Digital Birmingham – part of the Share PSI network

Share-PSI 2.0 is “the European network for the exchange of experience and ideas around implementing open data policies in the public sector”. It consists of 44 partners from 25 countries, including Birmingham City Council. Through my work with the West Midlands Open Data Forum I was invited by Digital Birmingham to attend the kick off meeting in April and then the recent workshop which formed part of this year’s Samos Summit.

The Share PSI Network Logo
The Share PSI Network

The Samos workshop had the title “Uses of open data within government for innovation and efficiency” and consisted of a wide range of presentations, a mini-bar camp and a project meeting. Amanda Smith from the Open Data Institute has already written a post about the workshop and an extensive report of the proceedings has been written up by Phil Archer, the project’s technical co-ordinator from the W3C.

So, instead of a report back, here are just four of the things I took away from the Samos workshop:

  • Data quality, or a lack of it, is still a significant issue for many public sector organisations. It can both be a reason for not publishing as well as something that can be improved through publication, especially where feedback mechanisms are provided. In Birmingham, when Open Street Map volunteers created a gritting map from the city’s data they were able to feedback anomalies to the city, which improved their data.
  • We need to get a lot better at telling stories and helping others to tell them. Open Data evangelists aren’t always great at communicating their work. This can mean that the potential impact of our work is not always reached and/or recognised. At the workshop, Julia Hoxha reported that, in Albania, every “domestic media organization has published or quoted at least once the reports released in the Open Data Albania or Spending Data Albania platforms”.  This has been a result of the Open Data Albania project actively working with the media both inside and outside the country.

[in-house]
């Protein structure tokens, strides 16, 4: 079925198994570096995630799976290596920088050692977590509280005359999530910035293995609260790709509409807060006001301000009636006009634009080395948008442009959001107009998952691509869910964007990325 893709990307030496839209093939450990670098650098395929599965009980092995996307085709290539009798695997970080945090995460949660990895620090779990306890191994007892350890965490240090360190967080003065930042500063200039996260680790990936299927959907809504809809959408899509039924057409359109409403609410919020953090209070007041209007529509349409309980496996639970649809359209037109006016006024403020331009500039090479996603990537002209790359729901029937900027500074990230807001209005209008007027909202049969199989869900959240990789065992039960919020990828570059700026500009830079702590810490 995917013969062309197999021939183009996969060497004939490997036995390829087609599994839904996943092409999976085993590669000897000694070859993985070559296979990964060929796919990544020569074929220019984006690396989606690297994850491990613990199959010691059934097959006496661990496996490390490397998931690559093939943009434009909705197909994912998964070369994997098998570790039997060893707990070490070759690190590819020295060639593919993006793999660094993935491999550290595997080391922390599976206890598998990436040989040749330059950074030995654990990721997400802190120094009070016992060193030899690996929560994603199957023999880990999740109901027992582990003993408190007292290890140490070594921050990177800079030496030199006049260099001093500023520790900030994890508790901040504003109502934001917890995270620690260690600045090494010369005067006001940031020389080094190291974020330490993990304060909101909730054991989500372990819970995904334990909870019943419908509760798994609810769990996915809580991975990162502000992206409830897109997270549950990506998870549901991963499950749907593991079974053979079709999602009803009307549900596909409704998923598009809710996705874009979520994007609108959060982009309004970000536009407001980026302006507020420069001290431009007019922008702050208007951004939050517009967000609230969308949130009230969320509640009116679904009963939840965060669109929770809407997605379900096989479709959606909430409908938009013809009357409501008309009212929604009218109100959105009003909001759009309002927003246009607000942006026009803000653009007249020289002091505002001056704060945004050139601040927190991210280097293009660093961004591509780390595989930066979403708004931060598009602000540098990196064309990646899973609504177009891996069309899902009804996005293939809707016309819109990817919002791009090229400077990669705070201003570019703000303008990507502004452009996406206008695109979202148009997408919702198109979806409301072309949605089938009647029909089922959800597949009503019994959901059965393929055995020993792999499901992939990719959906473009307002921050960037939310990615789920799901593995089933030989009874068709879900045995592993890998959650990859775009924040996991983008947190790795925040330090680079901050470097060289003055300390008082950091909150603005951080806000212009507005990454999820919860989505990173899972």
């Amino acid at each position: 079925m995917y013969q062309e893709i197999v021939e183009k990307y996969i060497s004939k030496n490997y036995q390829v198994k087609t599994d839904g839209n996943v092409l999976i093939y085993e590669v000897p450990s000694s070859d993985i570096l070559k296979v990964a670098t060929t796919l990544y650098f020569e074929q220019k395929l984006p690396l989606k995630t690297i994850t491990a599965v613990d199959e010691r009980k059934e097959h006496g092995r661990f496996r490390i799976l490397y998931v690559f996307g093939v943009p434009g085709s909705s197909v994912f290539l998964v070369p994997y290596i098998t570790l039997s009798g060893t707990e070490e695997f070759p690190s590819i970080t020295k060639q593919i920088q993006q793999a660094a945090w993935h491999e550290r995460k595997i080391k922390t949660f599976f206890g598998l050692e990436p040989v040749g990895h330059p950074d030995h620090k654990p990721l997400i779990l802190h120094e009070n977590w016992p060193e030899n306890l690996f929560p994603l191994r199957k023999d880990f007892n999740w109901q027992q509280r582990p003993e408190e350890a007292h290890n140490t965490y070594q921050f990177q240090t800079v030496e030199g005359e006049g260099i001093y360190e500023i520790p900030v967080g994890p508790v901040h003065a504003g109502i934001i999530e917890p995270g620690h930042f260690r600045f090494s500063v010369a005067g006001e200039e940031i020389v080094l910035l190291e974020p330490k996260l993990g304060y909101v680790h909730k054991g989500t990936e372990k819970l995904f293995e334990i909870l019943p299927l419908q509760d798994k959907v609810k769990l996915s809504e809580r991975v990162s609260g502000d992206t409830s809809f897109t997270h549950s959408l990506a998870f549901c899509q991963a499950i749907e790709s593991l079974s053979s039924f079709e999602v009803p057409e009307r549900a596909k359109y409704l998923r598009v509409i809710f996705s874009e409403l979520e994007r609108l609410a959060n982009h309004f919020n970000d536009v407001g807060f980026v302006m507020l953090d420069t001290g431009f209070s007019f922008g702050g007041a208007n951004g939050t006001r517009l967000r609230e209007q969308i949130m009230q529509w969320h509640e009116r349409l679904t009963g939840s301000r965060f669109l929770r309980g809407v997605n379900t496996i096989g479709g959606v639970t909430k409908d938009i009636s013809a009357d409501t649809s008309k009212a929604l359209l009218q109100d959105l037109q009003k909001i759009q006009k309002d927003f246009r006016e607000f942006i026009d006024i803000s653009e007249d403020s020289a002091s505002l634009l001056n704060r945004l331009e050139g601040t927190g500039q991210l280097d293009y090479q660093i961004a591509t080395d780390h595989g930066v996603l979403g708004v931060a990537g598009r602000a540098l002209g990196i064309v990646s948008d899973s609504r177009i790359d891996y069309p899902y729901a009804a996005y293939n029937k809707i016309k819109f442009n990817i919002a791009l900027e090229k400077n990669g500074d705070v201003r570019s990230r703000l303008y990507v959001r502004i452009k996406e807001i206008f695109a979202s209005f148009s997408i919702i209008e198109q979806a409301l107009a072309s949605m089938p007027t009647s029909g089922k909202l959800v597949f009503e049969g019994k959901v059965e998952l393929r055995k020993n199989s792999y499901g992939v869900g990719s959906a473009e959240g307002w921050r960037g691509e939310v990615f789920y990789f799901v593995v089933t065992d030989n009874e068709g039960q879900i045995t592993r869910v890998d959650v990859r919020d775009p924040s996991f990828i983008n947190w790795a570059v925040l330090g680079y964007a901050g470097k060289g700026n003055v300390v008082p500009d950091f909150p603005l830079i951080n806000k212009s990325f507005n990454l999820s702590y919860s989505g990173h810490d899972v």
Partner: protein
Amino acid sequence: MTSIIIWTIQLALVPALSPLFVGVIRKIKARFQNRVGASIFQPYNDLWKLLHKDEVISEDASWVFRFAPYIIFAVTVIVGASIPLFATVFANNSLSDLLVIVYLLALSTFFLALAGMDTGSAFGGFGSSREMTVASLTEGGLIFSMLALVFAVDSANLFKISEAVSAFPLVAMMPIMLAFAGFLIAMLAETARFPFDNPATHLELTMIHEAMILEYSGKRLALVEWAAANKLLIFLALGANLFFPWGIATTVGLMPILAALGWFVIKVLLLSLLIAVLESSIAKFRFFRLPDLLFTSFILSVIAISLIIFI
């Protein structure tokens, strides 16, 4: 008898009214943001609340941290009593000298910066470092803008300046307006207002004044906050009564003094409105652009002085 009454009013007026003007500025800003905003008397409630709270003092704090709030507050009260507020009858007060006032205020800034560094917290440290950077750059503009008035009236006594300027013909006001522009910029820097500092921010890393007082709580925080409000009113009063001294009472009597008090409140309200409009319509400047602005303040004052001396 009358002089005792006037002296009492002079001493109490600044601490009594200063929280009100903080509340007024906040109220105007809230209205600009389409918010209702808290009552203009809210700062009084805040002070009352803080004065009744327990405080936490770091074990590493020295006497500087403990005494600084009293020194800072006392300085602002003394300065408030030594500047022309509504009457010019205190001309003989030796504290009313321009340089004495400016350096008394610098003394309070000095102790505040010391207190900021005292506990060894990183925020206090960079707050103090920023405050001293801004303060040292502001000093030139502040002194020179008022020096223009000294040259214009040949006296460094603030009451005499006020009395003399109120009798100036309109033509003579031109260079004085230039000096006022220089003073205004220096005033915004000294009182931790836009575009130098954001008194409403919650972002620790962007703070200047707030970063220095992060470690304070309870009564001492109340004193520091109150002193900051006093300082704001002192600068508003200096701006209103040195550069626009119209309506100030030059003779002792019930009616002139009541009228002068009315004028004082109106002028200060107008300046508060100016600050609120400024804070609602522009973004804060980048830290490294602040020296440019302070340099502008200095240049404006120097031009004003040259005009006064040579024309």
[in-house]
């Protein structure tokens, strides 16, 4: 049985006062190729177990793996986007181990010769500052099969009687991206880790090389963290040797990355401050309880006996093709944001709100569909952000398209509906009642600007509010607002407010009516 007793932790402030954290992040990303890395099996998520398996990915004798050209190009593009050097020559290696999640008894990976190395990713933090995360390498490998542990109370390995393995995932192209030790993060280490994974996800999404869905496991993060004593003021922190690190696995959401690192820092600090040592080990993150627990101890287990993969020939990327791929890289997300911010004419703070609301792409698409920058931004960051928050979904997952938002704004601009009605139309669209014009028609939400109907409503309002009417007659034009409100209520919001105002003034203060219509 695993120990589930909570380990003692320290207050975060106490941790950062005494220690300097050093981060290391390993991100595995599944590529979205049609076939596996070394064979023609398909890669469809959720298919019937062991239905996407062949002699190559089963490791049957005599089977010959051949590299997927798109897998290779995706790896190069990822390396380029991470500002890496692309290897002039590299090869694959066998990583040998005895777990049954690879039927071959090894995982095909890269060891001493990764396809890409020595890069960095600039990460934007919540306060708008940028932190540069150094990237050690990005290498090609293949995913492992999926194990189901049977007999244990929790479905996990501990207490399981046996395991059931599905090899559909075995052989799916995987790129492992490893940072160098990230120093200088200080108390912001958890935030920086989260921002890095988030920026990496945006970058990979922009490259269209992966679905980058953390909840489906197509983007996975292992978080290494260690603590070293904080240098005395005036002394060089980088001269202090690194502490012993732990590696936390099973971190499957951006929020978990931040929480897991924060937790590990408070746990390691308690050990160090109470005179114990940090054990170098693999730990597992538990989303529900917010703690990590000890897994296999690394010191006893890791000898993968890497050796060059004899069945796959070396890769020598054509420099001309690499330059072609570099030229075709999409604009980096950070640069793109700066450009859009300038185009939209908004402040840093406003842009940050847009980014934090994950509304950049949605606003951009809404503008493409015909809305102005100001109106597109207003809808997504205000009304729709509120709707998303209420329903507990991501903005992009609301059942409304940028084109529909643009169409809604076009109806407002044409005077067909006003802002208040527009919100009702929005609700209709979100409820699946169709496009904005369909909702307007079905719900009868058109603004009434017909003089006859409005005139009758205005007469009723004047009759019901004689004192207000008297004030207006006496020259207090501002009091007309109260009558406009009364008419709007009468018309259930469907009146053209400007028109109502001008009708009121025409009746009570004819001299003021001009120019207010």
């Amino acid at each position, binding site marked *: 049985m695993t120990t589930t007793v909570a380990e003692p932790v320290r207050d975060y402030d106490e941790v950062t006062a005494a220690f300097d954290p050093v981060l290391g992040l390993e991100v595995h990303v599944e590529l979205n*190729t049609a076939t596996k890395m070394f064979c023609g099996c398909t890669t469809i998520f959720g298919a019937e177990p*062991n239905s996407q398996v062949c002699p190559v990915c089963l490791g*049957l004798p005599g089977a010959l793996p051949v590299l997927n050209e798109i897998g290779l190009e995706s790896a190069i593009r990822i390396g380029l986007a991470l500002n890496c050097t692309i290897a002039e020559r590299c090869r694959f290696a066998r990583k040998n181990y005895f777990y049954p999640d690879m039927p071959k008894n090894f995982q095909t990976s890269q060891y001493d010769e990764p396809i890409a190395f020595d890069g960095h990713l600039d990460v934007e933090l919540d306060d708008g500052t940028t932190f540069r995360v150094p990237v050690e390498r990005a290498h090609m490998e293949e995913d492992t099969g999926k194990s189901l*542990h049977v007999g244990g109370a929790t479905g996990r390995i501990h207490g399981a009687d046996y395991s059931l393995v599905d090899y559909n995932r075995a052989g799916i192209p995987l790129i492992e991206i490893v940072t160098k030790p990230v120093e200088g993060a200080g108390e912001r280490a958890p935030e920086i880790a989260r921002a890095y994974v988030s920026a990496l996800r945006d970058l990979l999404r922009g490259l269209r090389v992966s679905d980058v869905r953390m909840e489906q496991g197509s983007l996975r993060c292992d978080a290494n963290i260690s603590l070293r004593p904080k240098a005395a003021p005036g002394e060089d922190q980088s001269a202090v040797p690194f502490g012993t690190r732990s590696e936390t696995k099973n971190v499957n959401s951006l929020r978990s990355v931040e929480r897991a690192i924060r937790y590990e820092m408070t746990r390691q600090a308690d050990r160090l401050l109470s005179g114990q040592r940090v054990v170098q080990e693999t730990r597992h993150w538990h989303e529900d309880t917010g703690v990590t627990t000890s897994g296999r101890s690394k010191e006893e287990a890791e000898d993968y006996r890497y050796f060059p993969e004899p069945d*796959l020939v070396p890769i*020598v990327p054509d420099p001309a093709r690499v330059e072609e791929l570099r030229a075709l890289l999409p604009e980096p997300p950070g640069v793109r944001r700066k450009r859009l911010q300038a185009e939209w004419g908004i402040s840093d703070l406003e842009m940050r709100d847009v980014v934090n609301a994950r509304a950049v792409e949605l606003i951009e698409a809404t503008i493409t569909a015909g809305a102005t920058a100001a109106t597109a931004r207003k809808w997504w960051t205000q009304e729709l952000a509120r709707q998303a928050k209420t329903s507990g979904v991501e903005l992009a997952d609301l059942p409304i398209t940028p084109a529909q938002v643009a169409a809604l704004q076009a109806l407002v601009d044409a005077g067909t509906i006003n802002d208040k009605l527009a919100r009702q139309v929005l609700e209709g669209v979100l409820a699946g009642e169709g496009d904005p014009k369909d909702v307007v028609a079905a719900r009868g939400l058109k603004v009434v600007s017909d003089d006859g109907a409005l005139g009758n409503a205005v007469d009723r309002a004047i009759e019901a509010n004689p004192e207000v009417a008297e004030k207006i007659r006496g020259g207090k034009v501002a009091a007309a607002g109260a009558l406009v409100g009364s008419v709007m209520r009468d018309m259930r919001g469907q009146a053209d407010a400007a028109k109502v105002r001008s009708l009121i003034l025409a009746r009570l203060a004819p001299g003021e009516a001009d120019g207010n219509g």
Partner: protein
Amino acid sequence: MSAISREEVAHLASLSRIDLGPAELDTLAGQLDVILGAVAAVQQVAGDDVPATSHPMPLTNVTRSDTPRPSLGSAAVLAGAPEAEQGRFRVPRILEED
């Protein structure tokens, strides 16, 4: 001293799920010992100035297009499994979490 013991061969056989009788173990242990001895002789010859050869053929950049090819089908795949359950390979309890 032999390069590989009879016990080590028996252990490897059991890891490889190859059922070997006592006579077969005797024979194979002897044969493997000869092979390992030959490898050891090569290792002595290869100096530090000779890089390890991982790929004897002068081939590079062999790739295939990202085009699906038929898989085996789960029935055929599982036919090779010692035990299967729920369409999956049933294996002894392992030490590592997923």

• Good case studies of the benefits of open data are needed to encourage ongoing publication. Bart van Leeuwen’s presentation on “Experiences with Open data in the fire department” [pdf] was a highlight of the conference for many. Bart was able to give a range of practical examples of the benefits of open data for him and his colleagues working as firefighters in Amsterdam. It’s heartening to hear such examples as somebody who promotes and uses open data and it provides great material to share with people who want to know the purpose of publishing open data.
  • Everyone wants to know where crime is happening. Amanda Smith gave a very well received paper about the ongoing development of The site has 60m visits since January 2011 and continues to prove a popular resource (Data Unlocked download data from the site, and Mike Cummins recently used data in a presentation to the Civic Foundry‘s Skill Share week). Knowing what your popular open datasets are likely to be is really useful. I’d like to see more sharing of this between people working in local government. The work that Hampshire Hub are doing in this area could be really valuable, and it’s well worth following.

The next workshop is going to be in Lisbon in December. It’s topic area is Encouraging data usage by commercial developers, an area of obvious interest to us at Data Unlocked =0) The call for participation is already open. I’ve agreed to be on the organising committee and we’d really like to hear from people who are interested in presenting a paper at the workshop. I can certainly recommend taking part, as I gained a lot from the Samos workshop.

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